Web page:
Daysha Eaton, KYUK - Bethel
Daysha Eaton is the News Director at KYUK in Bethel.
A facility that has lowered infant and mother morbidity rates in the Y-K Delta has a new home. Bethel’s Prematernal Home has moved to a new building along the Chief Eddie Hoffman Highway. The new Home is three times the size of the old one and has improved amenities for the region’s expectant mothers during the final stage of pregnancy.
Officials are investigating a large fire in Bethel that started just after 8 o’clock Monday night, behind the Bethel post office. The Fire destroyed an alcohol treatment center under construction by the Yukon-Kuskokwim Health Corporation.
The Bethel Food Pantry is having trouble getting enough food to open. They usually open in August or September but this year they won’t open until November.
The State of Alaska Department of Natural Resources Pipeline Coordinator’s Office collected comments on a natural gas pipeline being proposed by Donlin Gold at Bethel’s Cultural Center Monday evening. It was the first state hearing on the pipeline that would run from Cook Inlet to the proposed Donlin Creek Mine site near Crooked Creek.
Leaders from around the state gathered in Bethel last week for the 50th Annual Association of Village Council Presidents Convention.
St. Mary’s Troopers responded to a fatal ATV crash in Marshall Wednesday. The woman killed is the survivor of a plan crash in 2013.
Everett Semone of Shageluk was arraigned on murder charges at the Bethel court this afternoon. He is accused of killing his parents with an ax in the village of Shageluk earlier this week.
The Yukon-Kuskokwim Health Corporation in Bethel has deployed health care workers to the village of Shageluk where Alaska State Troopers are investigating two deaths.
Leaders from around the state gathered in Bethel Tuesday for the 50th Annual Association of Village Council Presidents Convention. Dignitaries and political leaders form across the state attended.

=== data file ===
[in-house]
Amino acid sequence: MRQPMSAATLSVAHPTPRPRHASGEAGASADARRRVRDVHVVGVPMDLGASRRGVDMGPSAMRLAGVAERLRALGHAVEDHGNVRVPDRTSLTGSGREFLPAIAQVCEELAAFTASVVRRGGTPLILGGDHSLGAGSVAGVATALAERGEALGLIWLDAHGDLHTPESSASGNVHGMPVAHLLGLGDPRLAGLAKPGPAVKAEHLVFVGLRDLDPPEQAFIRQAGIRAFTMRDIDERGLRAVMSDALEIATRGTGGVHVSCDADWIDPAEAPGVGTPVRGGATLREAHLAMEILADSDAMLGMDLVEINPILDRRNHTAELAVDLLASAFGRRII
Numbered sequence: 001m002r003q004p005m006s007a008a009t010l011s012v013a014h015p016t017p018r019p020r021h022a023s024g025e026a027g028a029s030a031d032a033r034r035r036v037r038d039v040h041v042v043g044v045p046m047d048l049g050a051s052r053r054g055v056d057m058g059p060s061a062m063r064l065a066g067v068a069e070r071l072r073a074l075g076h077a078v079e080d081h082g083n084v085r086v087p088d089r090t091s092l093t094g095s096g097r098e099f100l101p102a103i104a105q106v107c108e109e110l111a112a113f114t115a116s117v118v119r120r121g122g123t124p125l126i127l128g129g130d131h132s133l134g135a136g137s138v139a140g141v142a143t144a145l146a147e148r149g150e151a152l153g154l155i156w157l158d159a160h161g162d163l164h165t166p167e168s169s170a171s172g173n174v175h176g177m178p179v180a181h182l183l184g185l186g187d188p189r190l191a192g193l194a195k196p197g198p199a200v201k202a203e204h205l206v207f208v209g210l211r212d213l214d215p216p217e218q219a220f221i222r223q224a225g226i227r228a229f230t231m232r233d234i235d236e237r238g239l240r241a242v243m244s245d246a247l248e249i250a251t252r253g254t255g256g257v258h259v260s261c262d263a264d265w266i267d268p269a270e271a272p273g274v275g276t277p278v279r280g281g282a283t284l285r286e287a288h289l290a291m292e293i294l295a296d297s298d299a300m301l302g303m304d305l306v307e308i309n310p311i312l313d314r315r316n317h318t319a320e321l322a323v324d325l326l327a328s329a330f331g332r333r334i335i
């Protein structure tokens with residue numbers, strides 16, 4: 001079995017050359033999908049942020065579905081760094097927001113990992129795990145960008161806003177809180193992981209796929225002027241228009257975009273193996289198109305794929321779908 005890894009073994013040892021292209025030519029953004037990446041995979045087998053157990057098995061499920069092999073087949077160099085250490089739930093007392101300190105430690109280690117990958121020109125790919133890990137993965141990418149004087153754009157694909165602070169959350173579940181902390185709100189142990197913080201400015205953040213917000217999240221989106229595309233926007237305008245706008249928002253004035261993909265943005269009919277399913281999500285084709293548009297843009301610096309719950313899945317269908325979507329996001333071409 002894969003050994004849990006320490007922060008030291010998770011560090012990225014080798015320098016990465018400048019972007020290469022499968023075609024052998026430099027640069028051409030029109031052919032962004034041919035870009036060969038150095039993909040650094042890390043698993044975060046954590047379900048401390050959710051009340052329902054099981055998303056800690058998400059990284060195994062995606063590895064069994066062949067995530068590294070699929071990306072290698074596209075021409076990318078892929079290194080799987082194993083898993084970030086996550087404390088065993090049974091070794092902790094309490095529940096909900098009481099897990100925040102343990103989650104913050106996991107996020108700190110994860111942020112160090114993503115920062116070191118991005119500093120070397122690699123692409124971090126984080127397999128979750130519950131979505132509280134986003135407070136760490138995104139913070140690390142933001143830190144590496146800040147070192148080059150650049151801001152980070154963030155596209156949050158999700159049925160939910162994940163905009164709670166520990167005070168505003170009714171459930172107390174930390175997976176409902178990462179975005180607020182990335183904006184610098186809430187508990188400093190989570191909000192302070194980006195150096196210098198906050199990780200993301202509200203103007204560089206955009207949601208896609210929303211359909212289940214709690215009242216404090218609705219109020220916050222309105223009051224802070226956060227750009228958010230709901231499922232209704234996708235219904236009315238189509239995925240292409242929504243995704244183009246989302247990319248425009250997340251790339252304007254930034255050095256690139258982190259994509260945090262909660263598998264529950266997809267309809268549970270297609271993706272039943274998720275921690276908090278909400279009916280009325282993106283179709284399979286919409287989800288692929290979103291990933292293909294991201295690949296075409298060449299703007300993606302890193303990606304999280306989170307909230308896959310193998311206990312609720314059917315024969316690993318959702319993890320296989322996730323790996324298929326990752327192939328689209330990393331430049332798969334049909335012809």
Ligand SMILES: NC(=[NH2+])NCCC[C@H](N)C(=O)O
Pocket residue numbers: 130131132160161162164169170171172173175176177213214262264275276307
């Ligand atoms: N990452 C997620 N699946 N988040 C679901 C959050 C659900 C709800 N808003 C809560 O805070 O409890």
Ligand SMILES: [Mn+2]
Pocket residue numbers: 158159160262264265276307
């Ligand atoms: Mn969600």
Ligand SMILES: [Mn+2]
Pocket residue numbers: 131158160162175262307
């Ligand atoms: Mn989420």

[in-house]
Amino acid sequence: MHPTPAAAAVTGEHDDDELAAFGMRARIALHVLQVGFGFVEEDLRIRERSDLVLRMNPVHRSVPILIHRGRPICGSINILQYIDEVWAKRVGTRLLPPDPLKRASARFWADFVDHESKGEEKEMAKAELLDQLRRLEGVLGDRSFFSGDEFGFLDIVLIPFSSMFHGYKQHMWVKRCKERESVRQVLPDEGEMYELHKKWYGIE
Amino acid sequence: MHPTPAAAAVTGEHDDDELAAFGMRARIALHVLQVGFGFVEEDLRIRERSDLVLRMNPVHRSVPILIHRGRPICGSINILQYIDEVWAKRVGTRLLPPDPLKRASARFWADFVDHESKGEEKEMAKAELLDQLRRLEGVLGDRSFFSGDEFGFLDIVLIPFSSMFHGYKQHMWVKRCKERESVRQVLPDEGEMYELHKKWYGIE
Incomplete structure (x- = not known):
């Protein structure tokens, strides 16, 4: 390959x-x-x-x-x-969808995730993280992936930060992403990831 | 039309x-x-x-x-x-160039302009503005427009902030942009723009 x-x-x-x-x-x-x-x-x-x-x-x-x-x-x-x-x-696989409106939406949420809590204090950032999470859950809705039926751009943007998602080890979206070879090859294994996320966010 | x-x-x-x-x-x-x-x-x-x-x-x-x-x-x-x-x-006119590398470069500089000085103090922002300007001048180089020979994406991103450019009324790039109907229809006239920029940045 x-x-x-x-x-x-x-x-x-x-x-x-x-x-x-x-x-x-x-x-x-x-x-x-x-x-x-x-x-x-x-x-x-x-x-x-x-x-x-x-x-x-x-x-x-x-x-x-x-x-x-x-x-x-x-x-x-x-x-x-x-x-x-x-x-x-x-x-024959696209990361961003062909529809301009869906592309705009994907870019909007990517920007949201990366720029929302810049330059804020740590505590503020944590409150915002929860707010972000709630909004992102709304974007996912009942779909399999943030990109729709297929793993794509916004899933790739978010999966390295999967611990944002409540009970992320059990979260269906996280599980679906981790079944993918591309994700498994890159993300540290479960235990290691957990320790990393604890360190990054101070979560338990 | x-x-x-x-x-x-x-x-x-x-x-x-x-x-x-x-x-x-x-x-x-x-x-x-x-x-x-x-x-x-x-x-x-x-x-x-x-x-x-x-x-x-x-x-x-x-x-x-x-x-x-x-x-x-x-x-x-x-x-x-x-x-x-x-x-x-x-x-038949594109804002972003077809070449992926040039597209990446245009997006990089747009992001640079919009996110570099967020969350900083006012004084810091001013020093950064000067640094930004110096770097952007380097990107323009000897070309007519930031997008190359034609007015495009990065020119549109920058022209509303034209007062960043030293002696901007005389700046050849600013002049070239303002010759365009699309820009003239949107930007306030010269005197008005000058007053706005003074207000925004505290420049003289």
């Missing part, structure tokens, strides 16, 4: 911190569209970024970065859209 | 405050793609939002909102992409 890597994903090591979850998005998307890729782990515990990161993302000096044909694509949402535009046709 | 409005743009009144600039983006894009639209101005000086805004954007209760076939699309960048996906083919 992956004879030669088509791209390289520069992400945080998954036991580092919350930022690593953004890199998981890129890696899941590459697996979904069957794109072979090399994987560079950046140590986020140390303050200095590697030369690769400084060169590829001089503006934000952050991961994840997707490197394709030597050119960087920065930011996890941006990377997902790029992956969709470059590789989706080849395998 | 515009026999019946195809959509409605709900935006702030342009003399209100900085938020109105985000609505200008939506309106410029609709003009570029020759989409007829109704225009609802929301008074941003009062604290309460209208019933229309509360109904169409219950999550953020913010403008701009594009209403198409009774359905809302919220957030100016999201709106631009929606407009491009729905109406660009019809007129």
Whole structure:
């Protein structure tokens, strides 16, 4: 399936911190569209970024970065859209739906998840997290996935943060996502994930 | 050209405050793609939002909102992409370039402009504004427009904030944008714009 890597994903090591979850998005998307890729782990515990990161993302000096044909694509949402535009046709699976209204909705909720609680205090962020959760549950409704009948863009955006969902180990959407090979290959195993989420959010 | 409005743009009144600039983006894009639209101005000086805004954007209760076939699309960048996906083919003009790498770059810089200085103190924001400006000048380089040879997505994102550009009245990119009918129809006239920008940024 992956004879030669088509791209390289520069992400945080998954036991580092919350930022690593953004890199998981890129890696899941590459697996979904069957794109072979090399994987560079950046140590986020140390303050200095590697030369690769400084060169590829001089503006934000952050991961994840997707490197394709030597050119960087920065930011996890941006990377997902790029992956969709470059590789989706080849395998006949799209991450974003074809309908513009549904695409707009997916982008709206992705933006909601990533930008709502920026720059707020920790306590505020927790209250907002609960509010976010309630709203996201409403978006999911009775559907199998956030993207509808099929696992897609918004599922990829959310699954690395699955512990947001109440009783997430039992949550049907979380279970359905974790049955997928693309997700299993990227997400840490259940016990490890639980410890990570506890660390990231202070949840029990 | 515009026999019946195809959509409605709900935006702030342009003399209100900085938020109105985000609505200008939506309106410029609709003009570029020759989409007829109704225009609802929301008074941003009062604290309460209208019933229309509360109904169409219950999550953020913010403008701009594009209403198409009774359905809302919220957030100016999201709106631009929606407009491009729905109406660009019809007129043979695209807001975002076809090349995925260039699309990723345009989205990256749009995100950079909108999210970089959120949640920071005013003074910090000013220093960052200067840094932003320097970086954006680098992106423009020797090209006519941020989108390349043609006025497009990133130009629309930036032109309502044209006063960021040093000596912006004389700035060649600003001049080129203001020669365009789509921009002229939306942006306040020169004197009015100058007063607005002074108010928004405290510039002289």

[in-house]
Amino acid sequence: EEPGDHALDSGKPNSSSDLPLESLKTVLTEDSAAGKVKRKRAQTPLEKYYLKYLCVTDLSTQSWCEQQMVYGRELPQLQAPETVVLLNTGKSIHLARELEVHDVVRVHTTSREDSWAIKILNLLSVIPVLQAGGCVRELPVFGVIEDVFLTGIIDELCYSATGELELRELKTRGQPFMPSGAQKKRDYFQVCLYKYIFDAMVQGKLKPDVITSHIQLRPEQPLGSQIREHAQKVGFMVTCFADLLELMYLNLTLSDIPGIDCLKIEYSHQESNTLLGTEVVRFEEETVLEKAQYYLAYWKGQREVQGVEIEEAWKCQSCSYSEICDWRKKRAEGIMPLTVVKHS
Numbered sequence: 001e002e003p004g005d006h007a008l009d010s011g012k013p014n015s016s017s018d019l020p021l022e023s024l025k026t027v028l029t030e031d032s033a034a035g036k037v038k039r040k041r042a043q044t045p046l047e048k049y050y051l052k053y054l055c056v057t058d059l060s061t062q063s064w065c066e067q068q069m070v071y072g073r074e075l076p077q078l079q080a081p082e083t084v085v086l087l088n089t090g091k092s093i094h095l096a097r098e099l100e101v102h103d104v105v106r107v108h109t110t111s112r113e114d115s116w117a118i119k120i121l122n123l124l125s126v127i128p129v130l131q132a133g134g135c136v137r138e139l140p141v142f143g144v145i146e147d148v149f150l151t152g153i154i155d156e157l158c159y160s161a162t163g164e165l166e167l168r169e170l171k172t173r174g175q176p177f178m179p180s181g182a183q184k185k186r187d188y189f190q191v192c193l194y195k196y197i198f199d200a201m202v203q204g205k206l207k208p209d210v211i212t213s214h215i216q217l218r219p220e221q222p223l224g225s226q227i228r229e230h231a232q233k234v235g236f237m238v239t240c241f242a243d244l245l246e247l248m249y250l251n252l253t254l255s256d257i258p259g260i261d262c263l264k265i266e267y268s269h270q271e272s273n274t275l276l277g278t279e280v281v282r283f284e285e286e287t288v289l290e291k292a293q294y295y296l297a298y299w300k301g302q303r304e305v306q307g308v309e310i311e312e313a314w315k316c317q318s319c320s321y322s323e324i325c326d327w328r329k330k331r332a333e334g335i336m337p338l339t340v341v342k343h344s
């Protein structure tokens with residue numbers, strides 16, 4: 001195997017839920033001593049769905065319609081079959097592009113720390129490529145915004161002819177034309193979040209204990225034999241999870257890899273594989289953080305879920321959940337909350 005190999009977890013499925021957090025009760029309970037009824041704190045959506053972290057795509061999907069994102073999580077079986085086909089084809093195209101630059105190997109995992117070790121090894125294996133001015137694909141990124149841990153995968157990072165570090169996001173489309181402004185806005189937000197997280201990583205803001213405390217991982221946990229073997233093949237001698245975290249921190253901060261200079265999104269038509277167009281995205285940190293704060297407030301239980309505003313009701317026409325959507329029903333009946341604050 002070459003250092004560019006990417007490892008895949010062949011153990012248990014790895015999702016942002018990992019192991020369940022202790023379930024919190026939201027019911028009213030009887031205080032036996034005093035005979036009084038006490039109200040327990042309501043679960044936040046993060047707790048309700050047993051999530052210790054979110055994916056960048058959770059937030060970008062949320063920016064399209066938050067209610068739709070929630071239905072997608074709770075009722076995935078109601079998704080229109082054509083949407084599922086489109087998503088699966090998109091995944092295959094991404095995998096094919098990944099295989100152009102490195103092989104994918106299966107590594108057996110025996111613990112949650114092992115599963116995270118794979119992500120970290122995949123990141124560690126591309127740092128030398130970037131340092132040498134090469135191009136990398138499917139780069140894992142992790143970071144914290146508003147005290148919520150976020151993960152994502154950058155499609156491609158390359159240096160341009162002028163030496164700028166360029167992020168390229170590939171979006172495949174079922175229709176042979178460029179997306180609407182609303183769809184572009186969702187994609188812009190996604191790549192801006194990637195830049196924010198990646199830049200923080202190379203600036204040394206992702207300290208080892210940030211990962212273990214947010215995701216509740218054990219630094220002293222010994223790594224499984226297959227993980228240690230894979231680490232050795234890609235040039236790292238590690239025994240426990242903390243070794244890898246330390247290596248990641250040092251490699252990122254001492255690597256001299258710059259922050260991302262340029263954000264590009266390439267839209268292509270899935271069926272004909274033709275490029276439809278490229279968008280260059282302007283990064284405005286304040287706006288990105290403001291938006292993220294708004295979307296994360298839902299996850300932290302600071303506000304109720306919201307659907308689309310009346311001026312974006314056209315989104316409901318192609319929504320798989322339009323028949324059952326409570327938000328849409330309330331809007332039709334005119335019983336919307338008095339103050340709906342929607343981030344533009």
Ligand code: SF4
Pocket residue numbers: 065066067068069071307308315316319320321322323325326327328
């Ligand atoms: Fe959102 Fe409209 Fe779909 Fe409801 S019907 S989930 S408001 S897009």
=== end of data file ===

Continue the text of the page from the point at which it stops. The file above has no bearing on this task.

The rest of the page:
An archaeological dig near Quinhagak, in Southwest Alaska, contributed the largest set of genetic samples for a groundbreaking DNA study of Arctic indigenous people released this summer.
The Bethel Legislative Office was packed Monday afternoon as Alaska Lt. Gov. Mead Treadwell lead a hearing on Ballot Measure 2, a marijuana initiative that will appear on the November 4 ballot.
Meyers Farm in Bethel recently shipped about 500 pounds of vegetables to the Cordova School District. The order was made possible through a program that reimburses Alaska school districts that buy food grown in state.
A federal judge issued an order to the State of Alaska in a voting rights case Monday. In her 8-page order, U.S. District Court Judge Sharon Gleason said the state must take additional steps to provide voting materials to Alaska Natives with limited English.
As the Pollock season wraps up in the Bering Sea, the Association of Village Council Presidents and the Tanana Chiefs Conference want immediate action to protect declining Western Alaska King Salmon stocks from trawl bycatch. Wednesday they filed a joint petition for emergency regulations with the North Pacific Fishery Management Council to crack down on king bycatch for the remainder of the 2014 season.
Attorneys have responded to the State of Alaska’s proposed plan to address a state Supreme Court order to improve translation of voting materials in Native languages before November 4th Elections.
The state of Alaska is proposing several changes in how they deliver voting information to Alaska Natives whose first language is Yup’ik or Gwich’in.
Plaintiffs in a voting rights lawsuit are reacting to news that a Federal Court Judge has ruled in their favor. Wednesday a judge ruled that the State of Alaska violated the Voting Rights Act by failing to provide translations into Native languages.
A man shot in Bethel last month during an altercation with police was arrested Wednesday by Alaska State Troopers after being released from the hospital in Anchorage.
Lower Kuskokwim School District Superintendent Jacob Jensen says change is on the horizon for the district with the largest number of rural students in the state.
Three judges with the Alaska Court of appeals are now weighing whether Yup’ik Fishermen, who targeted Chinook or king Salmon during a closure on the Kuskokwim River in 2012, were wrongfully convicted. Their attorney based their defense on a 1970s moose-hunting case. The fishermen say state fisheries managers interfered with their religious rights and they want new regulations to insure it won’t happen again.